On Thursday, the Senate Judiciary Subcommittee on the Constitution held a hearing on the federal Defense of Marriage Act, a federal law explicitly defining marriage as the union between a man and woman, to determine what steps should be taken to protect the federal law, including the possibility of a Constitutional amendment. Thirty-seven states have passed state versions of the law.
Several hearing panelists and Senators expressed their dissent to a possible future Federal Marriage Amendment to the Constitution that would permanently ban same-sex marriages. Lawyer and professor Dale Carpenter stated that the possible move to create an amendment to the Constitution of this sort would be “unnecessary, unwise, [and] undemocratic.”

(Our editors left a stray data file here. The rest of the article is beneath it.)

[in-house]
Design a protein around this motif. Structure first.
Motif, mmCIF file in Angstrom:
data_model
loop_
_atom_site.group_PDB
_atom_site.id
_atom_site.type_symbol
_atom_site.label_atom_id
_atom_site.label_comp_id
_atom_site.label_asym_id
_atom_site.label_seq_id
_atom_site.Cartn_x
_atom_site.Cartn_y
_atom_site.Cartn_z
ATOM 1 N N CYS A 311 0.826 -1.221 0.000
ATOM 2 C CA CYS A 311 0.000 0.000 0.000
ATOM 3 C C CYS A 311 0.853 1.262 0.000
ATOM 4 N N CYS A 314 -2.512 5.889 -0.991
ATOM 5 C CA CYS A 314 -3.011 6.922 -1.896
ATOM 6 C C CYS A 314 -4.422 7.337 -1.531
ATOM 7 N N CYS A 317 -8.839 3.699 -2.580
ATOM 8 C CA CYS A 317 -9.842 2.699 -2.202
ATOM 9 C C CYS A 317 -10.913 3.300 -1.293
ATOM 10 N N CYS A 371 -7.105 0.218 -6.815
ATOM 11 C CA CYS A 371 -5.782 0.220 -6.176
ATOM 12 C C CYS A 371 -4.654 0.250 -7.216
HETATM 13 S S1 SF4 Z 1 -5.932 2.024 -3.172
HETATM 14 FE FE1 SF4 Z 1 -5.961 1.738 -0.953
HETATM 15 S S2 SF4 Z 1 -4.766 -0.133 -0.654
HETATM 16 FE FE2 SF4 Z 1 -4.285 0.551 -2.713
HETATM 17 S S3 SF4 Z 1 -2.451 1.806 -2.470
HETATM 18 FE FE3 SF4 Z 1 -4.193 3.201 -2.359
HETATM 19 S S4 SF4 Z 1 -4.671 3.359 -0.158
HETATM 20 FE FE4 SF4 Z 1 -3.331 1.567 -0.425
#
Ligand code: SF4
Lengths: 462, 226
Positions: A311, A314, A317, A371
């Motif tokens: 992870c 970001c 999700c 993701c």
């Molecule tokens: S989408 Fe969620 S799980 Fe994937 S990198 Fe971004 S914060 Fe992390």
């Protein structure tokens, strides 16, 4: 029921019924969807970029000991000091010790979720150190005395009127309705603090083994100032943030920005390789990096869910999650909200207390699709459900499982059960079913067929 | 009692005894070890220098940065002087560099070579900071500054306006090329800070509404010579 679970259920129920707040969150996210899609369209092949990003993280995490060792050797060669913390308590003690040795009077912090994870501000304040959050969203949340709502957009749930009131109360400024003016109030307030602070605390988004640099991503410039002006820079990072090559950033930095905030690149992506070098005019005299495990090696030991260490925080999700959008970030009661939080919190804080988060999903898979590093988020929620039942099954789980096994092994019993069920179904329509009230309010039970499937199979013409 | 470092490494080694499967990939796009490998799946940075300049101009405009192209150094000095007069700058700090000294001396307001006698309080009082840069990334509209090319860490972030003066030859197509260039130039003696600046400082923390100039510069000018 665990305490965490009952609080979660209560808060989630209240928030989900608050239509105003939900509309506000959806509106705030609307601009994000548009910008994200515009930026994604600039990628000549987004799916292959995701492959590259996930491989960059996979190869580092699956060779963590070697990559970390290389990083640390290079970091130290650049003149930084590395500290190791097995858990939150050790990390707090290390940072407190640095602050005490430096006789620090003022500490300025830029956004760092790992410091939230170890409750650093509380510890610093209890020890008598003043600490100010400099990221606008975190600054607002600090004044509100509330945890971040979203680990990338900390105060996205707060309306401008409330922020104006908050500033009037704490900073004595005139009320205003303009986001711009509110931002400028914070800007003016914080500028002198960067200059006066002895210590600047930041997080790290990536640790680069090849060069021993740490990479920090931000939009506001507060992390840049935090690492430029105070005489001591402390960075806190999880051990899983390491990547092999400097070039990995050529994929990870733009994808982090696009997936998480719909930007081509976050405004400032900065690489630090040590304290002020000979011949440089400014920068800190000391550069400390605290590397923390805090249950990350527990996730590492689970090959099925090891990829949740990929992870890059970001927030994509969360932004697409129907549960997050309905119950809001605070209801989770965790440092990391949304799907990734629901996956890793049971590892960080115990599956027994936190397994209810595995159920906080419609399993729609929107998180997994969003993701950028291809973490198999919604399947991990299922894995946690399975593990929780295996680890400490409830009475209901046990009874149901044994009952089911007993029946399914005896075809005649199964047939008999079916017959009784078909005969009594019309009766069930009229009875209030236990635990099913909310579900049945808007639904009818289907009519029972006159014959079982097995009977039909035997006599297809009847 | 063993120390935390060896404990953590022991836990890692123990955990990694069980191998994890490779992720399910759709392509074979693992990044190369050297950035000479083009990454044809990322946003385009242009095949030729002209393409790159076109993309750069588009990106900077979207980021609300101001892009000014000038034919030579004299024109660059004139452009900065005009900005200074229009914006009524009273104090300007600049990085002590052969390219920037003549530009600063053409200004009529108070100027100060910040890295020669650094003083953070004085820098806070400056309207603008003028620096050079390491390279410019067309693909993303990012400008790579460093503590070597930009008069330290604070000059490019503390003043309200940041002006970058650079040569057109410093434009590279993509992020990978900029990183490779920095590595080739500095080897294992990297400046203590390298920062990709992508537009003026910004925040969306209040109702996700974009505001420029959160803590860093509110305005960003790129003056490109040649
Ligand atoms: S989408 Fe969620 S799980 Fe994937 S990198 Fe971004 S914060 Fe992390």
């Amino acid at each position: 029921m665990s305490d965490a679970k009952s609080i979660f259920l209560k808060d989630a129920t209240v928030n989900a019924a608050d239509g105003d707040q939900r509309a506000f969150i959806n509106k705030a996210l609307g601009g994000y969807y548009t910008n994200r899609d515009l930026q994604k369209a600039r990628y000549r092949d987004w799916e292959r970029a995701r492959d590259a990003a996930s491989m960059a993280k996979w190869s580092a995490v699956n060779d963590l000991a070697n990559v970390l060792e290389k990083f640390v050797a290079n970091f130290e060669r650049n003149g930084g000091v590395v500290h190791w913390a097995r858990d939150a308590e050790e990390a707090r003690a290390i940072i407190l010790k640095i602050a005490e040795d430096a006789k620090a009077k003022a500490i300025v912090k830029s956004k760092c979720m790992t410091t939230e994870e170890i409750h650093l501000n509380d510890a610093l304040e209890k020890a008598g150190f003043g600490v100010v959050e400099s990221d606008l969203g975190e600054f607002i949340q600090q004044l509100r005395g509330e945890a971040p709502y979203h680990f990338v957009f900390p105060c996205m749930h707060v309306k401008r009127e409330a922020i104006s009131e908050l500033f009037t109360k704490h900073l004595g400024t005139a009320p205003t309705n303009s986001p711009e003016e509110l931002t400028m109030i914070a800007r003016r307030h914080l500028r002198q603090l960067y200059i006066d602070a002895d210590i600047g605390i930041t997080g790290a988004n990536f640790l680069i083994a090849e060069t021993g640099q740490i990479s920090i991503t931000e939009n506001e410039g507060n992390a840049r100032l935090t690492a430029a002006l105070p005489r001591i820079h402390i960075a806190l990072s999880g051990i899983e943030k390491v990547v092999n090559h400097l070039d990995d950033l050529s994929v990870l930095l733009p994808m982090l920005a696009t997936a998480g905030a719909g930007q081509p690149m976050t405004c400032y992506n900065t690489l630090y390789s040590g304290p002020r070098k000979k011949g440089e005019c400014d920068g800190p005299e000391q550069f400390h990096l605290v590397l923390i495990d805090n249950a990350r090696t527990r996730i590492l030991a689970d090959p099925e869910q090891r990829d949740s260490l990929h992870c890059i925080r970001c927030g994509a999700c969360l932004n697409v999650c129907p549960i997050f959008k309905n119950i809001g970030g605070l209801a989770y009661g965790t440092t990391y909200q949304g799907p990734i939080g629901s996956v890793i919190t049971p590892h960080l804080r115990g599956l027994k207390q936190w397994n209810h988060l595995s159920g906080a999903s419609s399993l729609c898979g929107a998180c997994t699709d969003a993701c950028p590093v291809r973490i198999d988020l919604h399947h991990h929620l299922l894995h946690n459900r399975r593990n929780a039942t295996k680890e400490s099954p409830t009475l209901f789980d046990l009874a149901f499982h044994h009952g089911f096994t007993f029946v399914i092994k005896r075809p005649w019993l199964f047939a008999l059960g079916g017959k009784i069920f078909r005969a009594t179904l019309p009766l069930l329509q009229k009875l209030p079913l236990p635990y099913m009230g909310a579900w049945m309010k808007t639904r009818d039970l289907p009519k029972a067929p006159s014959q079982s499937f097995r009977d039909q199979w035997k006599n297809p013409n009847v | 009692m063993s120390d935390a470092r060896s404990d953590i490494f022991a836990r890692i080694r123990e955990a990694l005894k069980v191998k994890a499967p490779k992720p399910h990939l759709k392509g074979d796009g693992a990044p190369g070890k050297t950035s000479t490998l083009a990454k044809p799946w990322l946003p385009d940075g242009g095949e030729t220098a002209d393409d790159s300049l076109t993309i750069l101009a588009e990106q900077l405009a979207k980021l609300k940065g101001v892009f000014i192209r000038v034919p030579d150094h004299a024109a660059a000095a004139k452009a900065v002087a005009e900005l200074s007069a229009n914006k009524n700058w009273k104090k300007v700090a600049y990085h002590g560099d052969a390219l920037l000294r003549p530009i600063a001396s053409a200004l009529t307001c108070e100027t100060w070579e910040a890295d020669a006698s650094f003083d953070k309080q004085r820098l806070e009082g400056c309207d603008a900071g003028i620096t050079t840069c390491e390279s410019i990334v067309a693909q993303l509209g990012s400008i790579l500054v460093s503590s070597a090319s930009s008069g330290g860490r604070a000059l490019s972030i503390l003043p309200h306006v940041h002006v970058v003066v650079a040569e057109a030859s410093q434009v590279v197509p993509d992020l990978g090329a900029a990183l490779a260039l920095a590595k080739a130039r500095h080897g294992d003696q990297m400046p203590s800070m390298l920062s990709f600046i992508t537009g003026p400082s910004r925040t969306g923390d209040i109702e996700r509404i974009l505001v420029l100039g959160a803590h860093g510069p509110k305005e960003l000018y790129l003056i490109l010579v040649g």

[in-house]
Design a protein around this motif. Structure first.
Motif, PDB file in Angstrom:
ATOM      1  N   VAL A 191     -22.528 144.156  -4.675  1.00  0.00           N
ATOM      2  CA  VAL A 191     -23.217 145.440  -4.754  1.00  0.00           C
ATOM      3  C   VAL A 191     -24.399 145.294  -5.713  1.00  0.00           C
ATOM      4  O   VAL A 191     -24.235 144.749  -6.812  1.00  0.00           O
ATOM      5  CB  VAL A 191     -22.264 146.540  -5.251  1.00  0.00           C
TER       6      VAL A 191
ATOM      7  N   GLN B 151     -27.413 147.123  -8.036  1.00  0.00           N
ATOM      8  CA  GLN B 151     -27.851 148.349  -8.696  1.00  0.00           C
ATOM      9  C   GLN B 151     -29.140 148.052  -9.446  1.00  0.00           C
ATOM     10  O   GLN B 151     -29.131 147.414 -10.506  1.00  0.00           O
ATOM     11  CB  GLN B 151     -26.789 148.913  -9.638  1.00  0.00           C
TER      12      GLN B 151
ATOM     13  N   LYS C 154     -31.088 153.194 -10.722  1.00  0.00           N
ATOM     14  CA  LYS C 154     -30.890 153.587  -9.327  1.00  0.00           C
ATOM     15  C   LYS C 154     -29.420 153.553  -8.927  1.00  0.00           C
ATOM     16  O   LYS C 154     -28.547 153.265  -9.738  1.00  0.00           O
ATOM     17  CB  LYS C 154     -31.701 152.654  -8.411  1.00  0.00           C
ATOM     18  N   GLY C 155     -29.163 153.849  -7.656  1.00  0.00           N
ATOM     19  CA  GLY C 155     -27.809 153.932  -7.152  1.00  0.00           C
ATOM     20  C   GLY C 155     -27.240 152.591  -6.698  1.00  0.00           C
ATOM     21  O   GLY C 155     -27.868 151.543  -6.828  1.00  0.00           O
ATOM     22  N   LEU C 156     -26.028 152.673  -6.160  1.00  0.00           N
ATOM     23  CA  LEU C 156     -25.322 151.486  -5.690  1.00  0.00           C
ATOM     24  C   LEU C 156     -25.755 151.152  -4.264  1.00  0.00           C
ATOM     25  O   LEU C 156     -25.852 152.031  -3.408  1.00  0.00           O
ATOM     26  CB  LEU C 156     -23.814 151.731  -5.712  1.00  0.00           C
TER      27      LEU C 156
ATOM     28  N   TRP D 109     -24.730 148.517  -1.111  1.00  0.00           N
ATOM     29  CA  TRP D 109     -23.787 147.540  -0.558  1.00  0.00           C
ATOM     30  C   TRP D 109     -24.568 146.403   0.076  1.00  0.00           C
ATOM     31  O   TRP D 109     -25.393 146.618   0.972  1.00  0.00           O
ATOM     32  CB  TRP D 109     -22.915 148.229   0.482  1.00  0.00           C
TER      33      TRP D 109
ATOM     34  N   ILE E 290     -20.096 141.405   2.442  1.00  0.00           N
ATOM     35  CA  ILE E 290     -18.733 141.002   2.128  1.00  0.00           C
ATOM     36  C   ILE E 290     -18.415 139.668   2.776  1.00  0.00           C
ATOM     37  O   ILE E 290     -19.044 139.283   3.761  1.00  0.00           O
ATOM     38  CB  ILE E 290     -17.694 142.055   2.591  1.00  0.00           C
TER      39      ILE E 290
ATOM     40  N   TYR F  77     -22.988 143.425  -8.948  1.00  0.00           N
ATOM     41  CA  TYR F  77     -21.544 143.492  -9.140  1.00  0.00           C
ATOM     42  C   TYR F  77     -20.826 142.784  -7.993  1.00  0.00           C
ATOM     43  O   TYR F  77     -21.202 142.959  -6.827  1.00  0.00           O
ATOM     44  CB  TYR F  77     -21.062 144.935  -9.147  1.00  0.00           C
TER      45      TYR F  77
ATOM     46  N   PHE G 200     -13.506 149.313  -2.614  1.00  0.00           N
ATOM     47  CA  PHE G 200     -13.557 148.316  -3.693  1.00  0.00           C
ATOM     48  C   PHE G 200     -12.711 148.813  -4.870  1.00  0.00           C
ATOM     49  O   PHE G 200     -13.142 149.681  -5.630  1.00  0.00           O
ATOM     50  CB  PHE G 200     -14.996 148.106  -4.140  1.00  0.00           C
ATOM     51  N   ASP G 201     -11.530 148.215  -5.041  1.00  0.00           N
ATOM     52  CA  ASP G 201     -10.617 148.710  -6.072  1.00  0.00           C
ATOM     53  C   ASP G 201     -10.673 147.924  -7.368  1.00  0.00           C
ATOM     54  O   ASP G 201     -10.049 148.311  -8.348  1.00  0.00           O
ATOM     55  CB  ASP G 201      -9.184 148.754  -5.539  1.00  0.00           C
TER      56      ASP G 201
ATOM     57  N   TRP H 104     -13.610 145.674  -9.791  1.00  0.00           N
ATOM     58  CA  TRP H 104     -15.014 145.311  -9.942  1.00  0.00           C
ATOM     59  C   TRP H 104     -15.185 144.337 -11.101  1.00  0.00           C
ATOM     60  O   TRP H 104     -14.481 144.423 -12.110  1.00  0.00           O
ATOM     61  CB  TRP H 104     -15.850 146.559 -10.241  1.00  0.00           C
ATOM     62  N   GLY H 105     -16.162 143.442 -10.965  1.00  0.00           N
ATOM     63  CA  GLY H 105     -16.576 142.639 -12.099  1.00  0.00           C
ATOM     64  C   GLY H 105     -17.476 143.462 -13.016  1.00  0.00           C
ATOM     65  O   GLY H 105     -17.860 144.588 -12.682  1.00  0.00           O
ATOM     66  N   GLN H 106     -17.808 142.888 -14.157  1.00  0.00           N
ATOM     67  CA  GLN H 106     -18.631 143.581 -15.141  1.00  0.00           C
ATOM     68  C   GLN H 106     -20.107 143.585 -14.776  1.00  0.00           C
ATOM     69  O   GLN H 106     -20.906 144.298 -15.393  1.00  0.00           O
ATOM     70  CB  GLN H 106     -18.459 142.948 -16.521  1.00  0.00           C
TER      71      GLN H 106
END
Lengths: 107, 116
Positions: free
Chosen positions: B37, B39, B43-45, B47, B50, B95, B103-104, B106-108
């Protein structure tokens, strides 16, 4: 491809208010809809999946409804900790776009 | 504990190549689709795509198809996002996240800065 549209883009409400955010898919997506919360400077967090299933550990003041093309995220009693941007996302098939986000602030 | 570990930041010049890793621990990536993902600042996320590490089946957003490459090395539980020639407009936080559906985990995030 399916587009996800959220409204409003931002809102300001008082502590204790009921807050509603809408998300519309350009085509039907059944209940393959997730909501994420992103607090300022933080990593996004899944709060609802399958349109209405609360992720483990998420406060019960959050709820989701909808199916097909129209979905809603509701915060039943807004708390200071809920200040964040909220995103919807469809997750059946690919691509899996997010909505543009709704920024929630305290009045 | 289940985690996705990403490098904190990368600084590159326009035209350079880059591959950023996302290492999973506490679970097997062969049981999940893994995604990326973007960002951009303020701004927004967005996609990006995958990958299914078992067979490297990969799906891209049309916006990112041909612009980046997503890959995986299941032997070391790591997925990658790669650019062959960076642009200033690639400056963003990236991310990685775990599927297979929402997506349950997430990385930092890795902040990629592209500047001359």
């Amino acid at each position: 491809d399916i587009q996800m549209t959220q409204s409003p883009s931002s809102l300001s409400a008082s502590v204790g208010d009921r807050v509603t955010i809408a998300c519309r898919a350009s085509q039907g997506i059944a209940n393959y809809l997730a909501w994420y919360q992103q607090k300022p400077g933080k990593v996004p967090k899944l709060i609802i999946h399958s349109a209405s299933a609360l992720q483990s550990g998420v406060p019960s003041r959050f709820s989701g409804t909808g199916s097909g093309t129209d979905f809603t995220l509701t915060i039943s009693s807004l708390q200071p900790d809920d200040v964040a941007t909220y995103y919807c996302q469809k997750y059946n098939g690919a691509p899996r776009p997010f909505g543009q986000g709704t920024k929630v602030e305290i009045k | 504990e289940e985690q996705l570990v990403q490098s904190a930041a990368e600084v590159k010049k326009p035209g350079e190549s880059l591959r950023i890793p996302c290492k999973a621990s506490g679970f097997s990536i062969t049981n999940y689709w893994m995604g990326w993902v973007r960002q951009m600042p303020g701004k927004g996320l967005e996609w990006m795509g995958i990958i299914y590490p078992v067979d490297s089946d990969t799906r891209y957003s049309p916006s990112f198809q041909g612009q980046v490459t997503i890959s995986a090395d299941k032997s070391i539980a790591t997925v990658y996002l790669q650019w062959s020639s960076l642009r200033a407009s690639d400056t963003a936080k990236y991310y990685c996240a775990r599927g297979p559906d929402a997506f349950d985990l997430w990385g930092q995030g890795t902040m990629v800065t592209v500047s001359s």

In moving testimony, Keith Bradkowski detailed the difficulty he had after losing his partner, Jeff Coleman, in the tragedy on September 11. Though symbolically married for 11 years, Bradkowski experienced many legal hurdles after Coleman’s death. Bradkowski summed up his testimony, “Married couples have security and protection. Gay couples have none.” Rights such as hospital visitations, medical decisions, health insurance, adoption, foster care, or kinship care, which are already difficult to secure, would be invalidated nationwide if the Federal Marriage Amendment were to be incorporated into the Constitution. The Feminist Majority, along with 22 other women’s and civil rights coalition partners, sent a letter to Senators on September 3 in opposition to the Federal Marriage Amendment.